The rise of the bros, and the fall of the geeks

One of my favorite movies when I was growing up was the 1984 classic,
Revenge of the Nerds.” If you haven’t watched it yet, take two hours
to do so–yes, it’s available on Netflix:

The movie really spoke to me–a guy so nerdy that the kids at my
private school for gifted children nicknamed me “Encyclopedia
Yeh”…when I was in the 3rd grade.

Yet today’s viewer would
probably find it hard to believe. The’d marvel at the concept of
computer programmers and homosexuals being abused and socially shunned.
I’m glad that times have changed in the past 30 years, and that we live
in a more enlightened society that tries to fight bullying and respects
intellect.

At the end of the movie, the protagonists make a moving speech:

“Gilbert: I just wanted to say that I’m a nerd, and I’m here tonight to
stand up for the rights of other nerds. I mean uh, all our lives we’ve
been laughed at and made to feel inferior. And tonight, those bastards,
they trashed our house. Why? Because we’re smart? Because we look
different? Well, we’re not. I’m a nerd, and uh, I’m pretty proud of it.

Lewis: Hi, Gilbert. I’m a nerd too. I just found that out tonight. We
have news for the beautiful people. There’s a lot more of us then there
are of you. I know there’s alumni here tonight. When you went to Adams
you might’ve been called a spazz, or a dork, or a geek. Any of you that
have ever felt stepped on, left out, picked on, put down, whether you
think you’re a nerd or not, why don’t you just come down here and join
us.”

Today, “The Big Bang Theory” is the #1 show on TV, and
Chris Hardwick has his own talk show. Yet while I’m glad that nerds
have a respected place in society, it saddens me to see what we’ve done
with it.

Maybe it’s because more recent generations of nerds
haven’t felt the same persecution, or that geekdom has become cool.
Whatever the reason, nerds now act like the bullies that once terrorized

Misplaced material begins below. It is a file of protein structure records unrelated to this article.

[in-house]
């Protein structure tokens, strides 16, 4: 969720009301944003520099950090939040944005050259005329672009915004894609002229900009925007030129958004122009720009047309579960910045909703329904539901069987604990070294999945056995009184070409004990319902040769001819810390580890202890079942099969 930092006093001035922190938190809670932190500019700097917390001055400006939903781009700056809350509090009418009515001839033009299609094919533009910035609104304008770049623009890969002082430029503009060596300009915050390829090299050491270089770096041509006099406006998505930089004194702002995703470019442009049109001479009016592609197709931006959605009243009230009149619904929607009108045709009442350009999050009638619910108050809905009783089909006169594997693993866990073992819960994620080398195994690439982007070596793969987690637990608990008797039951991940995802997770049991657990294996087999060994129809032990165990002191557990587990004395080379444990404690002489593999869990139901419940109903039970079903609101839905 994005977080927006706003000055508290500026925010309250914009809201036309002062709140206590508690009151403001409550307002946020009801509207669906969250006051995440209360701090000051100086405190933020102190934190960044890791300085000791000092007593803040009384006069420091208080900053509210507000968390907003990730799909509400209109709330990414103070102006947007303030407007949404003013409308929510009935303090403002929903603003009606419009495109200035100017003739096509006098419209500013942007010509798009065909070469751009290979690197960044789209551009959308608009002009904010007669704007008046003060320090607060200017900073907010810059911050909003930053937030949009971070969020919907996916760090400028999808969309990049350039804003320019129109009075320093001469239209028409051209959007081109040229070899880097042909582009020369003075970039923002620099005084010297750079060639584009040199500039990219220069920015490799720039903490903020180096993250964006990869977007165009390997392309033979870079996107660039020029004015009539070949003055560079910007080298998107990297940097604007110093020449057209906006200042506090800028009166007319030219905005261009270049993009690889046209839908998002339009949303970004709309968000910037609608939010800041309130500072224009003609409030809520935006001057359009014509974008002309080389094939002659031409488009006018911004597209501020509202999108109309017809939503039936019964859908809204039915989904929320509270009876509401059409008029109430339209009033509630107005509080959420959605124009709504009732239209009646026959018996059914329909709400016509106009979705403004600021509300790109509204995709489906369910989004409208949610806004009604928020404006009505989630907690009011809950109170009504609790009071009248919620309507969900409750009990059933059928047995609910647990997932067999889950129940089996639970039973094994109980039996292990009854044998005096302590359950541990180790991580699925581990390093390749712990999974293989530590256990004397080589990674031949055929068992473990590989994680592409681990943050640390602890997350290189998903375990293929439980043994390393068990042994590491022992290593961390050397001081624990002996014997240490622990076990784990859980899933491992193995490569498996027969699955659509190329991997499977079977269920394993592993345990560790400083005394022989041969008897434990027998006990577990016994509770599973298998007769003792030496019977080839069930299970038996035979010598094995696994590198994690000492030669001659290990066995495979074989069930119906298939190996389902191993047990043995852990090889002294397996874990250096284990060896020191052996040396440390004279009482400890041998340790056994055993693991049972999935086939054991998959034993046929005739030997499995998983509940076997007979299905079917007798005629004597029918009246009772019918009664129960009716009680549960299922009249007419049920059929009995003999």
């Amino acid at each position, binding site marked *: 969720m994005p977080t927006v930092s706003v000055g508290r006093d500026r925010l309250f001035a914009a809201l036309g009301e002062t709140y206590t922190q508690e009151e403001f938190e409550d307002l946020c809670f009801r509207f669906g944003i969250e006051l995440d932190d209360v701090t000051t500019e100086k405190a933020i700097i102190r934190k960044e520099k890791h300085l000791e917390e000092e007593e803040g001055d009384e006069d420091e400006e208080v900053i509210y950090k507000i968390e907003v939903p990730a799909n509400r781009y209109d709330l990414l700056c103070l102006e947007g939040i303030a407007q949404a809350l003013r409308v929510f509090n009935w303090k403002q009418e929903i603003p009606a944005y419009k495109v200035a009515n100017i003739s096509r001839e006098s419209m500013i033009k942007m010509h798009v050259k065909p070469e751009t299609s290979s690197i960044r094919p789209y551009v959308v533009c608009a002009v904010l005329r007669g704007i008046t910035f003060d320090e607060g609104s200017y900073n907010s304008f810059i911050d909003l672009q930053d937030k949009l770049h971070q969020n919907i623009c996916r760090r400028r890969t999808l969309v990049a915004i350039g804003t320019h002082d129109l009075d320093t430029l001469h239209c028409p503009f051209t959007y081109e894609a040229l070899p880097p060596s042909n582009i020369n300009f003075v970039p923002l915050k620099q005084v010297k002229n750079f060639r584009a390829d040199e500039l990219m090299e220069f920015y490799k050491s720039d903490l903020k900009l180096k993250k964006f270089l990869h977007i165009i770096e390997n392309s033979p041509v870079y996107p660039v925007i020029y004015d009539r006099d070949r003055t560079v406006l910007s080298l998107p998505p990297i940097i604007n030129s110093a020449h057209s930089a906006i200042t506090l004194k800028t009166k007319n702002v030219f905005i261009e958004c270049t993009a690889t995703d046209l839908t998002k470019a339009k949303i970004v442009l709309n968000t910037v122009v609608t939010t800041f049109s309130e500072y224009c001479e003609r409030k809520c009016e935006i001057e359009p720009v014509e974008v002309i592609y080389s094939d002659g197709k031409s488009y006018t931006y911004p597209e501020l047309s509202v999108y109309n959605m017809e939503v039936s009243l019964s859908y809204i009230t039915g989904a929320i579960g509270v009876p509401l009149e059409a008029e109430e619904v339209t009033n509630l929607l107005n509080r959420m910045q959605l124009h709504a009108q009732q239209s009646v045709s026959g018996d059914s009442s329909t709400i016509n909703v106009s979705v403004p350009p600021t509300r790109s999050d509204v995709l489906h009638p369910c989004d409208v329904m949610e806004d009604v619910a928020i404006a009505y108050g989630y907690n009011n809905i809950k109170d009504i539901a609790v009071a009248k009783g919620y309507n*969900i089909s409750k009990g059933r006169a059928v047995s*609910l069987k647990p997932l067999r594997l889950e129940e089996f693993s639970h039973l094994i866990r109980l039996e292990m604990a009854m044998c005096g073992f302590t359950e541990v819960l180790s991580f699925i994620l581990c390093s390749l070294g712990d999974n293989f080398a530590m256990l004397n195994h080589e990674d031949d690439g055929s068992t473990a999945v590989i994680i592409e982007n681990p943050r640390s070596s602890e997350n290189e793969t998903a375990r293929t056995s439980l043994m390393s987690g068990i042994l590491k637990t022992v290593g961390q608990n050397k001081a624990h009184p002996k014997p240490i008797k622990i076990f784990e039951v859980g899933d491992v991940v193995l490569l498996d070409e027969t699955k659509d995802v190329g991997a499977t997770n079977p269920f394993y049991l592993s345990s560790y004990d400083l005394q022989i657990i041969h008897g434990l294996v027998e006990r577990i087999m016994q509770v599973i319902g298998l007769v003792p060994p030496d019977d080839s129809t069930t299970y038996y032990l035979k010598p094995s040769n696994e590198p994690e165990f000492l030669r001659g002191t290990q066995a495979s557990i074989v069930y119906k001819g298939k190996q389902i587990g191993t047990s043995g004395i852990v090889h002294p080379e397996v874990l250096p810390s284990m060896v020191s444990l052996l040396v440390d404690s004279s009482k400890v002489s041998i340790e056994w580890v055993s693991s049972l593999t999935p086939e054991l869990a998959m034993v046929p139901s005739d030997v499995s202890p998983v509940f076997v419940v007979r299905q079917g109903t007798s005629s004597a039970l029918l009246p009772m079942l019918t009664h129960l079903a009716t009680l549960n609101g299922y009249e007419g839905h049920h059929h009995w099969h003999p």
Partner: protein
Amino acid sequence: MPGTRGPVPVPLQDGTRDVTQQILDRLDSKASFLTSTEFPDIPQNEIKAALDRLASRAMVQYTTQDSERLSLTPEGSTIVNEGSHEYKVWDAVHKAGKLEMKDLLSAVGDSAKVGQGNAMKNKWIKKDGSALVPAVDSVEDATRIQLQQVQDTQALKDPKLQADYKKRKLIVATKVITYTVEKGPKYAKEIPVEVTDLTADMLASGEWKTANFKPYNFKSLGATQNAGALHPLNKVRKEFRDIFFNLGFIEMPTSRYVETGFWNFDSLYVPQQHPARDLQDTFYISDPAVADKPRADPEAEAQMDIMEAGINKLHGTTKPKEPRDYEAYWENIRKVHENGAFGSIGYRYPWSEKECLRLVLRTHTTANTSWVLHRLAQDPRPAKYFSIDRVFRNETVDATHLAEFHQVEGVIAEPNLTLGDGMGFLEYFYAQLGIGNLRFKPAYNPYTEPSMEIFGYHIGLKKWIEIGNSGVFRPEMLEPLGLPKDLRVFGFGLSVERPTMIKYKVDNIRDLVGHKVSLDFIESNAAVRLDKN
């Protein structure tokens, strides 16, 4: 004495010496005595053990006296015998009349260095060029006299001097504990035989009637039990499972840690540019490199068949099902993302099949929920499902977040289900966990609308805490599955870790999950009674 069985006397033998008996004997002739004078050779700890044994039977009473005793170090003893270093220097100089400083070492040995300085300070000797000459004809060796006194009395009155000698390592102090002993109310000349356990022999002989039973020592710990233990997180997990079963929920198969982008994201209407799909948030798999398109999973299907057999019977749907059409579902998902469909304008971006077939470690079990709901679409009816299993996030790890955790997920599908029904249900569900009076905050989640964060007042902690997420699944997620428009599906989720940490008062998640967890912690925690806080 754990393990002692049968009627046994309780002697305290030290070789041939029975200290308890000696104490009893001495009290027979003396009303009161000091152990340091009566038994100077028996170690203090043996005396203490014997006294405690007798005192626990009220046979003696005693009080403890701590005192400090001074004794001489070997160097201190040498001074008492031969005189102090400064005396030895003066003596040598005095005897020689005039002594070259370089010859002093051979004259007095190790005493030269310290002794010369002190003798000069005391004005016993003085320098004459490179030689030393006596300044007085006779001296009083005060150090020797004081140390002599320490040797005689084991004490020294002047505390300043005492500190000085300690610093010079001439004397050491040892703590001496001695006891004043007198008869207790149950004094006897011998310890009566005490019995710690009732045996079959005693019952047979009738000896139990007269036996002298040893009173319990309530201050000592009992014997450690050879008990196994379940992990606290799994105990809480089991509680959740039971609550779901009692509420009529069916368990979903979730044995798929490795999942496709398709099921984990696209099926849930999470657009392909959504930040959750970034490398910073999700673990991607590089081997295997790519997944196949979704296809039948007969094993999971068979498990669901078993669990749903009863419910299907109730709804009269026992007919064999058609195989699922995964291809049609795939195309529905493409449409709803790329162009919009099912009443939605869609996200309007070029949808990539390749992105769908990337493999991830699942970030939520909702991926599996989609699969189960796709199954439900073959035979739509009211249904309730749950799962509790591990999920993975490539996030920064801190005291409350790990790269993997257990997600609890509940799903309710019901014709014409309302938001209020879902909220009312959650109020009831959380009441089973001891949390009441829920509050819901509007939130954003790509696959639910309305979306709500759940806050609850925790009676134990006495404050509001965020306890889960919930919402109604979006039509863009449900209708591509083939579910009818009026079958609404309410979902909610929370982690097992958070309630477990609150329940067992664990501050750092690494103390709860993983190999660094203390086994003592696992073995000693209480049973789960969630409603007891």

them.

Today’s startup culture can still be open and inclusive,
but it is often closed and cruel as well. “Brogrammers” act like the
jocks of yesteryear, privileged and arrogant. Worse, we’re so
self-righteous that anyone we disagree with suffers the wrath of the
Internet mob, without due process or restraint.

Abraham
Lincoln, perhaps the wisest man who ever lived, said, “If you want to
test a man’s character, give him power.” We’ve been tested, and I’m not
sure I like the results.

2 thoughts on “The rise of the bros, and the fall of the geeks

  1. Perhaps being a nerd is different today. It's not about being a programmer. A lot more people are tech-savvy today and know how to program.
    The brogrammers, who party and outcast those who are different would not be considered nerds back in the day. Because it's suddenly cool to be a computer geek (geek-chic?) who runs a startup, it draws many people who otherwise wouldn't do it.
    Perhaps some people are over-compensating for being outcasts at a younger age, but being an nerd meant being put aside because you were smarter, or followed your interests, which were not necessarily main-stream. Throwing the best parties, and being considered cool because you have a startup does not make you a nerd.

  2. Interesting point, Arik. During the dot-com boom, the Valley was overrun with MBA and management consultants who saw starting companies as the path to easy money. Maybe this is an analogous situation.

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